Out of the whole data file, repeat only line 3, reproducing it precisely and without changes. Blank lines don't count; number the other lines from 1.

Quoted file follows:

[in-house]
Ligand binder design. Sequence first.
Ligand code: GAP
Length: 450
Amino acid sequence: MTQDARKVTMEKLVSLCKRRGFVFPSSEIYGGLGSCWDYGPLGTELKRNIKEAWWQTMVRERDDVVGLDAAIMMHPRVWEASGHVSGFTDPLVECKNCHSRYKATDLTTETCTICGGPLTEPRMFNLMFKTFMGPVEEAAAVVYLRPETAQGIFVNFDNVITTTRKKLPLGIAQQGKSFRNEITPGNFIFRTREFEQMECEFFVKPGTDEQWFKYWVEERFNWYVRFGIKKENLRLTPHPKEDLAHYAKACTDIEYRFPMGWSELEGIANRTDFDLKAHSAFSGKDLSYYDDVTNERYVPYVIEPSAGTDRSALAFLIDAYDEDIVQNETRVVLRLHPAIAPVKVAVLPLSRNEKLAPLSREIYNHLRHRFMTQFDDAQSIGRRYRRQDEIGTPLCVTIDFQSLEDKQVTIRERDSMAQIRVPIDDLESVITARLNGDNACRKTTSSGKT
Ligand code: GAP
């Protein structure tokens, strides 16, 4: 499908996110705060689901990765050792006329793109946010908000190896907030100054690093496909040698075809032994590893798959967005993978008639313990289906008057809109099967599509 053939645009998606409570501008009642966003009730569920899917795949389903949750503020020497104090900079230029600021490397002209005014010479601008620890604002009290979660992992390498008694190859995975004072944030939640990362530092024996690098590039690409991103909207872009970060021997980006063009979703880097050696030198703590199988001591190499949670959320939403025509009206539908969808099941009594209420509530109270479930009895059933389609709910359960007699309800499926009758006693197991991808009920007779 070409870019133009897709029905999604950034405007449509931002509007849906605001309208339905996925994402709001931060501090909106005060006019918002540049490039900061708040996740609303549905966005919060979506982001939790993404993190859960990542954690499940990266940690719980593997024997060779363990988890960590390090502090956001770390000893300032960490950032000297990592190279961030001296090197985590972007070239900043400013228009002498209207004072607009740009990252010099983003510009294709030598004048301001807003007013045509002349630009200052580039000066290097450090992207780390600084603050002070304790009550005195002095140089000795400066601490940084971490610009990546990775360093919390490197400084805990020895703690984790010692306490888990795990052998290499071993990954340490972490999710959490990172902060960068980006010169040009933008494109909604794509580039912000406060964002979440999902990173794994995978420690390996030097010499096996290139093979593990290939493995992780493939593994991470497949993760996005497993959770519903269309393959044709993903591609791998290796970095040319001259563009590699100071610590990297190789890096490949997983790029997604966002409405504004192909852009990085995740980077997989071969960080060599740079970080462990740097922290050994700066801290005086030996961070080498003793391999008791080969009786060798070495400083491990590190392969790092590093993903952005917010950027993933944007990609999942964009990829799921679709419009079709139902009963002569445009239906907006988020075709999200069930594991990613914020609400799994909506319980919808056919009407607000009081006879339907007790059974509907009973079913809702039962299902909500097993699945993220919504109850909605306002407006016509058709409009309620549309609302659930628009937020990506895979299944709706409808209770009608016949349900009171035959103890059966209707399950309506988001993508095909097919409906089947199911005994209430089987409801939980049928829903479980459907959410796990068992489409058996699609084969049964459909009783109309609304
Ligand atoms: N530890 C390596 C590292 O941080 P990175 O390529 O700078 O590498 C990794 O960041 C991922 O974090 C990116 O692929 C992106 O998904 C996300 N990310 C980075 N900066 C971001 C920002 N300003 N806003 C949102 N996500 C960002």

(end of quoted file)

Ligand code: GAP